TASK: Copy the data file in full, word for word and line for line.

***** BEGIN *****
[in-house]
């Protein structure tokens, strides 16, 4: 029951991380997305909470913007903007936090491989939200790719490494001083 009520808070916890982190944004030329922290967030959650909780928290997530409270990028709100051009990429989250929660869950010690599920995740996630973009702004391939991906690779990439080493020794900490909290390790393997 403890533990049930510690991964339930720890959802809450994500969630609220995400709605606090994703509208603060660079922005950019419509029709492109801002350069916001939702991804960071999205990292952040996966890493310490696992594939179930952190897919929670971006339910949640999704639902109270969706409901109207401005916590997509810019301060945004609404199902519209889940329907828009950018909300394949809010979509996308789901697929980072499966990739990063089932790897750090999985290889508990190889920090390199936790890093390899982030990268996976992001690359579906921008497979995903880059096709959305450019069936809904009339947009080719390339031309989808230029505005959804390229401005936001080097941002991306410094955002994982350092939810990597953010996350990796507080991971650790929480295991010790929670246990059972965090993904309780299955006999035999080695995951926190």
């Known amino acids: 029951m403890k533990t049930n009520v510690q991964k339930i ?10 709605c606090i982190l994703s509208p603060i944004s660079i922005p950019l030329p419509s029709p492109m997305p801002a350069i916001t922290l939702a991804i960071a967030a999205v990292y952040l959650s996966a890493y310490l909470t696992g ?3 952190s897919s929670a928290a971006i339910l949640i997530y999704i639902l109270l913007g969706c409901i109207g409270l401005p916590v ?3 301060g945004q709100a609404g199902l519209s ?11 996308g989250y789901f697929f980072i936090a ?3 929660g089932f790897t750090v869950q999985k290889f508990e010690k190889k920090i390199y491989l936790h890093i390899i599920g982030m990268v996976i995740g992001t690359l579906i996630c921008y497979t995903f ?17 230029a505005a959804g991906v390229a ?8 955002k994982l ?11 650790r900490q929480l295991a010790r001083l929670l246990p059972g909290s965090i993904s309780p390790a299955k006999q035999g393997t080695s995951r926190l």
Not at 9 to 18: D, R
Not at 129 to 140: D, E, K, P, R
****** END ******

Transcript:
[in-house]
């Protein structure tokens, strides 16, 4: 029951991380997305909470913007903007936090491989939200790719490494001083 009520808070916890982190944004030329922290967030959650909780928290997530409270990028709100051009990429989250929660869950010690599920995740996630973009702004391939991906690779990439080493020794900490909290390790393997 403890533990049930510690991964339930720890959802809450994500969630609220995400709605606090994703509208603060660079922005950019419509029709492109801002350069916001939702991804960071999205990292952040996966890493310490696992594939179930952190897919929670971006339910949640999704639902109270969706409901109207401005916590997509810019301060945004609404199902519209889940329907828009950018909300394949809010979509996308789901697929980072499966990739990063089932790897750090999985290889508990190889920090390199936790890093390899982030990268996976992001690359579906921008497979995903880059096709959305450019069936809904009339947009080719390339031309989808230029505005959804390229401005936001080097941002991306410094955002994982350092939810990597953010996350990796507080991971650790929480295991010790929670246990059972965090993904309780299955006999035999080695995951926190």
């Known amino acids: 029951m403890k533990t049930n009520v510690q991964k339930i ?10 709605c606090i982190l994703s509208p603060i944004s660079i922005p950019l030329p419509s029709p492109m997305p801002a350069i916001t922290l939702a991804i960071a967030a999205v990292y952040l959650s996966a890493y310490l909470t696992g ?3 952190s897919s929670a928290a971006i339910l949640i997530y999704i639902l109270l913007g969706c409901i109207g409270l401005p916590v ?3 301060g945004q709100a609404g199902l519209s ?11 996308g989250y789901f697929f980072i936090a ?3 929660g089932f790897t750090v869950q999985k290889f508990e010690k190889k920090i390199y491989l936790h890093i390899i599920g982030m990268v996976i995740g992001t690359l579906i996630c921008y497979t995903f ?17 230029a505005a959804g991906v390229a ?8 955002k994982l ?11 650790r900490q929480l295991a010790r001083l929670l246990p059972g909290s965090i993904s309780p390790a299955k006999q035999g393997t080695s995951r926190l």
Not at 9 to 18: D, R
Not at 129 to 140: D, E, K, P, R